Design, Synthesis, and Characterization of Bis(7‑(N‑(2-morpholinoethyl)sulfamoyl)benzo[c][1,2,5]oxadiazol-5-yl)sulfane for Nonprotein Thiol Imaging in Lysosomes in Live Cells
2019-11-08T22:43:55Z (GMT) by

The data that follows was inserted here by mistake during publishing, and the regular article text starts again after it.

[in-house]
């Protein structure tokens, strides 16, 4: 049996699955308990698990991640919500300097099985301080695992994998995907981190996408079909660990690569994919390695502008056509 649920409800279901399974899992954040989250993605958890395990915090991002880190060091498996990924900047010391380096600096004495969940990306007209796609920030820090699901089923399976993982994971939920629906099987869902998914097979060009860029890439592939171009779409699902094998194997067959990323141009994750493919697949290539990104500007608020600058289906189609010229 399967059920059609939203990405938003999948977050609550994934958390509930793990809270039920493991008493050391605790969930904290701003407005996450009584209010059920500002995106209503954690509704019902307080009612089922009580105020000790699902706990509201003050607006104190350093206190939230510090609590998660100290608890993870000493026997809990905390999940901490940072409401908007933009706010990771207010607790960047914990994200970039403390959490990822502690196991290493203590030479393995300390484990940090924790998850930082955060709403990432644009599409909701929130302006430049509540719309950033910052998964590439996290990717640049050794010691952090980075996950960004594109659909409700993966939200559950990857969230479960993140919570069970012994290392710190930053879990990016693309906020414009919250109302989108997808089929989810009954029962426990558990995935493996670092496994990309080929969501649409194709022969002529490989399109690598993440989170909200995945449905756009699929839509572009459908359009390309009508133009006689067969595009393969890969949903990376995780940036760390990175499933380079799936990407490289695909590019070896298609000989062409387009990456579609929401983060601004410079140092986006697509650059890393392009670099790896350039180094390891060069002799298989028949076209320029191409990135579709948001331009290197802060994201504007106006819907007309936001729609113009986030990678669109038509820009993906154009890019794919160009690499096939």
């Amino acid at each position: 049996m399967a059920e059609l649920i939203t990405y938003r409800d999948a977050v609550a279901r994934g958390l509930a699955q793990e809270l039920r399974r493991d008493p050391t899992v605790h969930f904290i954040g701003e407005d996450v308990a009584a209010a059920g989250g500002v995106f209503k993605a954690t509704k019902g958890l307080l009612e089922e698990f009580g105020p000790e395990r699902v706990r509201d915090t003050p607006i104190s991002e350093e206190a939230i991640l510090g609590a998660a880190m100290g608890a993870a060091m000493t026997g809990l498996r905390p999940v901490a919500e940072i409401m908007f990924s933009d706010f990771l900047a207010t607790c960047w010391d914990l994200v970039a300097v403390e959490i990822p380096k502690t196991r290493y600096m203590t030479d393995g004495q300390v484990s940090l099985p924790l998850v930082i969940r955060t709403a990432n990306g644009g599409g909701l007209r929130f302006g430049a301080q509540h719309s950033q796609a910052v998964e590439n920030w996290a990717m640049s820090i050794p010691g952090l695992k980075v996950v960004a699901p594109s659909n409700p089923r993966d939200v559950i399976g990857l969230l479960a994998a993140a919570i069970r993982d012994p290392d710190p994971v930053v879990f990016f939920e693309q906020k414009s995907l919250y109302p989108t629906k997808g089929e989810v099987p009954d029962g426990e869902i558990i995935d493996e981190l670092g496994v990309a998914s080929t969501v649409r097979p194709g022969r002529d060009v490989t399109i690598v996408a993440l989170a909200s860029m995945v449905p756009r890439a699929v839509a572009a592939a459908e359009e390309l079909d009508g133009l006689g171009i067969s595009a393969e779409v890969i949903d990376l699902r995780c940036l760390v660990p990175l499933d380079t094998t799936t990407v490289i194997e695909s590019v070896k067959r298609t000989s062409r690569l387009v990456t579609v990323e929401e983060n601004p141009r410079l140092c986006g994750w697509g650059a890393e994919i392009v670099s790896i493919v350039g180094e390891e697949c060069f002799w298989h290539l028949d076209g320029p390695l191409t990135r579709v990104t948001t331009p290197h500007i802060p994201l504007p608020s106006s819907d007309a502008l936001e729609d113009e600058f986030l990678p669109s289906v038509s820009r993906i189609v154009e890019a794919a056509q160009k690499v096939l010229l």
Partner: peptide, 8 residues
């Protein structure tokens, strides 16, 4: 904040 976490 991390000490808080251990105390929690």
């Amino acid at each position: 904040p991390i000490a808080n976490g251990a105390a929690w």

Thiols are critical to cellular structures and functions. Disturbance of cellular thiols has been found to affect cell functions and cause various diseases. Intracellularly, thiols were found unevenly distributed in subcellular organelles. Probes capable of detecting subcellular thiol density in live cells are valuable tools in determining thiols’ roles at the subcellular level. The subcellular organelle lysosome is the place where unwanted macromolecules are removed through degradation by hydrolytic enzymes. The degradation also serves as a regulation of a variety of cellular functions such as autophagy, endocytosis, and phagocytosis to maintain cellular homeostasis. Thiols are found to be involved in the lysosomal degradation process. A probe that can detect lysosomal thiols in live cells will be a valuable tool in unveiling the roles of thiols in lysosomes. We would like to report bis(7-(N-(2-morpholinoethyl)sulfamoyl)benzo[c][1,2,5]-oxadiazol-5-yl)sulfane (BISMORX) as a thiol specific fluorogenic agent for live cell nonprotein thiol (NPSH) imaging in lysosomes through fluorescence microscopy. BISMORX itself shows no fluorescence and reacts readily with a NPSH to form a fluorescent thiol adduct with excitation and emission wavelengths of 380 and 540 nm, respectively. BISMORX does not react with compounds containing nucleophilic functional groups other than thiols such as −OH, −NH2, and −COOH. No reaction was observed either when BISMORX was mixed with protein thiols. BISMORX was able to image, quantify, and detect the change of NPSH in lysosomes in live cells. A colocalization experiment with LysoTracker Red DND-99 confirmed that the thiols imaged by BISMORX were indeed lysosomal thiols.